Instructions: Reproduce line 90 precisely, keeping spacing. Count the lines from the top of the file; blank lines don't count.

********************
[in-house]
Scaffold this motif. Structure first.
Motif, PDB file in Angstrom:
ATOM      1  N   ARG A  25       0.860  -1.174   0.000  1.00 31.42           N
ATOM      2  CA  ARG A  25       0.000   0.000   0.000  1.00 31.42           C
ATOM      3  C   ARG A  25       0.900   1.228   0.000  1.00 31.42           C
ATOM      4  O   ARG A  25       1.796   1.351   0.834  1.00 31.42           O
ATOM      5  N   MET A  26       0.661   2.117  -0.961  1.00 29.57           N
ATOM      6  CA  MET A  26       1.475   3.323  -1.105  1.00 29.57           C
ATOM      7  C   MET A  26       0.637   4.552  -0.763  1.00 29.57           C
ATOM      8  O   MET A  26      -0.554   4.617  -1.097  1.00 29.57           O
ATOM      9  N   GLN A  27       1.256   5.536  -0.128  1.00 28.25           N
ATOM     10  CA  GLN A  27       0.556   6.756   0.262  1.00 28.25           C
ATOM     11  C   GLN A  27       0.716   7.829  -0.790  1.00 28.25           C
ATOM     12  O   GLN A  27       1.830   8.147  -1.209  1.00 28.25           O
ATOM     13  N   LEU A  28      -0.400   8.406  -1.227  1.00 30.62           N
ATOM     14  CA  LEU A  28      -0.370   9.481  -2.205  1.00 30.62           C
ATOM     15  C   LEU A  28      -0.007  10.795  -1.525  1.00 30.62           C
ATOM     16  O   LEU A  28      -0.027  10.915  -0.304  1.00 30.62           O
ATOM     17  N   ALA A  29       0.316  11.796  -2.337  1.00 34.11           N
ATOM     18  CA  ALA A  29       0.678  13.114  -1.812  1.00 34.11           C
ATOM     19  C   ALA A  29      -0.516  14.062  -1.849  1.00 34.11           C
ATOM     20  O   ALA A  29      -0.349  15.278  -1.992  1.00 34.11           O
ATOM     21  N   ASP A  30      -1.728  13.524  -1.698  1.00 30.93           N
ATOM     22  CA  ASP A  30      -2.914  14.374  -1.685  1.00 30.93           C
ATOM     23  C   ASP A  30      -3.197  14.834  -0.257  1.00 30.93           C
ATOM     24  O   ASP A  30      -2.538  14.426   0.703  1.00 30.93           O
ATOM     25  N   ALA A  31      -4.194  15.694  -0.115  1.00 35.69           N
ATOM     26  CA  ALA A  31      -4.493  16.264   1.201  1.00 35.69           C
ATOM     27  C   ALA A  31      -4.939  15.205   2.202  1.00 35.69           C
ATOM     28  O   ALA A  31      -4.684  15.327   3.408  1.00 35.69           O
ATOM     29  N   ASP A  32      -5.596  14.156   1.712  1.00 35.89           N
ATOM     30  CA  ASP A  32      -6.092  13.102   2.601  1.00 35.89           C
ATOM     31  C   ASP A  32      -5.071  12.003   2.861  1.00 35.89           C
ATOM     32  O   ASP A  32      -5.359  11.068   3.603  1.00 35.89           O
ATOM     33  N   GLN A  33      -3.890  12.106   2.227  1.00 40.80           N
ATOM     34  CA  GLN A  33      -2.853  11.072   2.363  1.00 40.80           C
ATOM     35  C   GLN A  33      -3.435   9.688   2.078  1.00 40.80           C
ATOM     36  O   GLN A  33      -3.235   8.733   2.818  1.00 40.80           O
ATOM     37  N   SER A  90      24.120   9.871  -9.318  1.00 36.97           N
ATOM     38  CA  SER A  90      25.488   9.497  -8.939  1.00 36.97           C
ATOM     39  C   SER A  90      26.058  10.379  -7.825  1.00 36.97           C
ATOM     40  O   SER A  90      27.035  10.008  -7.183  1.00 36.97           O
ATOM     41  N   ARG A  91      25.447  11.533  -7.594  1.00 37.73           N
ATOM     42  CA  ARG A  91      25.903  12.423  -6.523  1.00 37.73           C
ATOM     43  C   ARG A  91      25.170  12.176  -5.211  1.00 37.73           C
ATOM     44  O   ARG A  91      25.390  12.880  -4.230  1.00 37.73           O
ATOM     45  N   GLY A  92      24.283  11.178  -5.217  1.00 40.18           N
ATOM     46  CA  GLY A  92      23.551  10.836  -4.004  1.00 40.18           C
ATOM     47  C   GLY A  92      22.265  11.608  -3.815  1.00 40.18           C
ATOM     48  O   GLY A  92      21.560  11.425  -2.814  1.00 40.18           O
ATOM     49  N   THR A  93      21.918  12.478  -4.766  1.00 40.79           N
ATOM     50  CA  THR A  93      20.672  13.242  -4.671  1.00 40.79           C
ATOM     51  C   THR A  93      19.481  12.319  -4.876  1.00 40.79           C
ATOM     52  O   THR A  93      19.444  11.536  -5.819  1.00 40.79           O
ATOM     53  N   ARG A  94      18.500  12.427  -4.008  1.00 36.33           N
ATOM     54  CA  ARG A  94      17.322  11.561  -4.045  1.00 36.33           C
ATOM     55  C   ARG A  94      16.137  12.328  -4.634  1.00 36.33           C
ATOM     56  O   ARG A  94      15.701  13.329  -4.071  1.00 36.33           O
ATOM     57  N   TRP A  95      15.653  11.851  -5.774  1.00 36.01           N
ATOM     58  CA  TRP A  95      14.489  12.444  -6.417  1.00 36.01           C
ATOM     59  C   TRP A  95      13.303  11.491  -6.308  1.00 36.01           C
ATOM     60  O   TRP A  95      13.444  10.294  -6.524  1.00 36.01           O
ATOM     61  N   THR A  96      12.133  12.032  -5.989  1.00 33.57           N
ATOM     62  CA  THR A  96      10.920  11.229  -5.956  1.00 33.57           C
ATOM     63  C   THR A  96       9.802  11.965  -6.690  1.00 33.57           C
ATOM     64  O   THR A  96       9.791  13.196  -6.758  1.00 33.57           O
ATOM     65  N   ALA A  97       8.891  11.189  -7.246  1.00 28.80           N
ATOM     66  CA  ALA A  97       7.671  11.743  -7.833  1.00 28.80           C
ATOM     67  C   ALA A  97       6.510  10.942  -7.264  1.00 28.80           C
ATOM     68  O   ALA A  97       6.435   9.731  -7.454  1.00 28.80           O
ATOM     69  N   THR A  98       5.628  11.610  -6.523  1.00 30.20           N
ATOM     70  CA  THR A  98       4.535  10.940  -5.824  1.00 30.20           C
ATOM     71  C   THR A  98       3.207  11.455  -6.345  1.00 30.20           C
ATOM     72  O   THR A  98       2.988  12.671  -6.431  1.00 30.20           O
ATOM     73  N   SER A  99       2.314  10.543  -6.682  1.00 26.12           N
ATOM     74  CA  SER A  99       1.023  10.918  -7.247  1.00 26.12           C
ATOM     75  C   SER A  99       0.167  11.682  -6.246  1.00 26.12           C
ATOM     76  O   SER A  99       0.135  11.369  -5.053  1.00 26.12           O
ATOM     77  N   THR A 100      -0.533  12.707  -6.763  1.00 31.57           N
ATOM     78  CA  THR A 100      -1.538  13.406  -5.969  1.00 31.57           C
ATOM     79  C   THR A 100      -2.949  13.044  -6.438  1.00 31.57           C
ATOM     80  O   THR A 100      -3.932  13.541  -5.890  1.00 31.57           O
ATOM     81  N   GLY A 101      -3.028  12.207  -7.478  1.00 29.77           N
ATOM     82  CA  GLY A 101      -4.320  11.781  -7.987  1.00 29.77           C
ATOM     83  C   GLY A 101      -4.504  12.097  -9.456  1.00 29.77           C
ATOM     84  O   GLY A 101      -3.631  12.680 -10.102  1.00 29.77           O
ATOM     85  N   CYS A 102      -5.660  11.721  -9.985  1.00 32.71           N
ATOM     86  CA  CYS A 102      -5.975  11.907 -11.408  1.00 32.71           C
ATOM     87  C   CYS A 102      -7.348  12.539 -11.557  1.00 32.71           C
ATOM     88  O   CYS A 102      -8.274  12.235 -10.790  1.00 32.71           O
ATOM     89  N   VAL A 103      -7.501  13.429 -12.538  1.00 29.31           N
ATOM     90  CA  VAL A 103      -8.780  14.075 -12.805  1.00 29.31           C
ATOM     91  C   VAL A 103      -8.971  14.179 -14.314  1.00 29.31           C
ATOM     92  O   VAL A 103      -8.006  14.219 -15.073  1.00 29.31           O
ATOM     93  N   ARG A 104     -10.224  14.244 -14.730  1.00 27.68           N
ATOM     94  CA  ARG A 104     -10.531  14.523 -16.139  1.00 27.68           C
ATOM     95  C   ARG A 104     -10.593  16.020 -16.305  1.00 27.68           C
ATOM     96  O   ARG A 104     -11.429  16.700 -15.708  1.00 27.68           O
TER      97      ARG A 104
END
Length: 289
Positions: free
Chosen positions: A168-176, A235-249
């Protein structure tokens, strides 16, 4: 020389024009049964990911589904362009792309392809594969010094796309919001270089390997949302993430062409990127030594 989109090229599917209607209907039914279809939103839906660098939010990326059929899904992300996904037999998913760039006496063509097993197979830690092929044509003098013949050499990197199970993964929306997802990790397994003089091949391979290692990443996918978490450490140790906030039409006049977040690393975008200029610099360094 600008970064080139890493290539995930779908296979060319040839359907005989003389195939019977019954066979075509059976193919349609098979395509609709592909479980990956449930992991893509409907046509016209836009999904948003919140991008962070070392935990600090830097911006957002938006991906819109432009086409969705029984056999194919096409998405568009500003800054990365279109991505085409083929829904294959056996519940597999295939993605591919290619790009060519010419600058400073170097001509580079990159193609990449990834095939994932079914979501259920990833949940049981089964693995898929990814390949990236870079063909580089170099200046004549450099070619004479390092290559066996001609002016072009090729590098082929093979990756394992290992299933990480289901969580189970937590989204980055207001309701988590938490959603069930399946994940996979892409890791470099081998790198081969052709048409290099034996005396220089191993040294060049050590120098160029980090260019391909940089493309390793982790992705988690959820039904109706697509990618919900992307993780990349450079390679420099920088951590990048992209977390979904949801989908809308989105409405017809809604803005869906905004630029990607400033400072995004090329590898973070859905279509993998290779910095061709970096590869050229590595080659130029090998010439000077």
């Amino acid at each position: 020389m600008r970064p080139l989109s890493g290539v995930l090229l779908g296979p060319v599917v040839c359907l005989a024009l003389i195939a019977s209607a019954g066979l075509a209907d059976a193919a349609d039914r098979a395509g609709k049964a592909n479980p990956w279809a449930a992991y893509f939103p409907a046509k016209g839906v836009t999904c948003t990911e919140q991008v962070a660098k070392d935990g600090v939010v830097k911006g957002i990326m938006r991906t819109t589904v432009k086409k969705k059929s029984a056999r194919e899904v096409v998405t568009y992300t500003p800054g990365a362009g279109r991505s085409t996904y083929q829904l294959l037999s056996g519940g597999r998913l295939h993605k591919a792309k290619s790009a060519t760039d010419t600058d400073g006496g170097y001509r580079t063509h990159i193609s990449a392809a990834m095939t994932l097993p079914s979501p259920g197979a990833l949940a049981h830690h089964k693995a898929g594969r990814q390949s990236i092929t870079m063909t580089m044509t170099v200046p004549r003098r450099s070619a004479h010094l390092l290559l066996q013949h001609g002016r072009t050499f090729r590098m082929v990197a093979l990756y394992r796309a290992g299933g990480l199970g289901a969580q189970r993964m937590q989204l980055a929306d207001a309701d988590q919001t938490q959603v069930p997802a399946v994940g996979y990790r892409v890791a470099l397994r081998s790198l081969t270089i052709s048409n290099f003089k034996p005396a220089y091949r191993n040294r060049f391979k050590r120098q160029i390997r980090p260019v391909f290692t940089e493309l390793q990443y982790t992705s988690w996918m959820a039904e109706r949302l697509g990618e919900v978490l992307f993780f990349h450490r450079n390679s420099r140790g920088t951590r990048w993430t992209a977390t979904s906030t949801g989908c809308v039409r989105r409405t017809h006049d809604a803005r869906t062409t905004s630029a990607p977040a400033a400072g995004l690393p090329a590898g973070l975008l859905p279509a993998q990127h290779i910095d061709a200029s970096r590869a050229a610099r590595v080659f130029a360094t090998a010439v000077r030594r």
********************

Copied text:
ATOM     87  C   CYS A 102      -7.348  12.539 -11.557  1.00 32.71           C